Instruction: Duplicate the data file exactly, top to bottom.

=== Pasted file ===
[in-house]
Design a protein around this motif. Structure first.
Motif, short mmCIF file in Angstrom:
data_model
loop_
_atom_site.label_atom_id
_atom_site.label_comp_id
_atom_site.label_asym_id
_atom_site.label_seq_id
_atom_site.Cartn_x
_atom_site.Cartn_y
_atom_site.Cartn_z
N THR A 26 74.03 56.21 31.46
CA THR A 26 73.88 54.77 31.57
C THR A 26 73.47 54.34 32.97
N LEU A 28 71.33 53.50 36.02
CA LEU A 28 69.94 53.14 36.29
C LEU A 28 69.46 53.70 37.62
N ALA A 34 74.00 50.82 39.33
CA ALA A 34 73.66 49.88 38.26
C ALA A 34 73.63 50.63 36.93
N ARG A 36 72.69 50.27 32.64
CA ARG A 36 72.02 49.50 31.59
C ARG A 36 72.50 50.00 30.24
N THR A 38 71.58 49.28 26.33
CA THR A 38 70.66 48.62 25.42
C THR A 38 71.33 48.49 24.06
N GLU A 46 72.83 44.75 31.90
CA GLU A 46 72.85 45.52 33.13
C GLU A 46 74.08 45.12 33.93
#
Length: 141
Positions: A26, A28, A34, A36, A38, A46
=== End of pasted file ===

[in-house]
Design a protein around this motif. Structure first.
Motif, short mmCIF file in Angstrom:
data_model
loop_
_atom_site.label_atom_id
_atom_site.label_comp_id
_atom_site.label_asym_id
_atom_site.label_seq_id
_atom_site.Cartn_x
_atom_site.Cartn_y
_atom_site.Cartn_z
N THR A 26 74.03 56.21 31.46
CA THR A 26 73.88 54.77 31.57
C THR A 26 73.47 54.34 32.97
N LEU A 28 71.33 53.50 36.02
CA LEU A 28 69.94 53.14 36.29
C LEU A 28 69.46 53.70 37.62
N ALA A 34 74.00 50.82 39.33
CA ALA A 34 73.66 49.88 38.26
C ALA A 34 73.63 50.63 36.93
N ARG A 36 72.69 50.27 32.64
CA ARG A 36 72.02 49.50 31.59
C ARG A 36 72.50 50.00 30.24
N THR A 38 71.58 49.28 26.33
CA THR A 38 70.66 48.62 25.42
C THR A 38 71.33 48.49 24.06
N GLU A 46 72.83 44.75 31.90
CA GLU A 46 72.85 45.52 33.13
C GLU A 46 74.08 45.12 33.93
#
Length: 141
Positions: A26, A28, A34, A36, A38, A46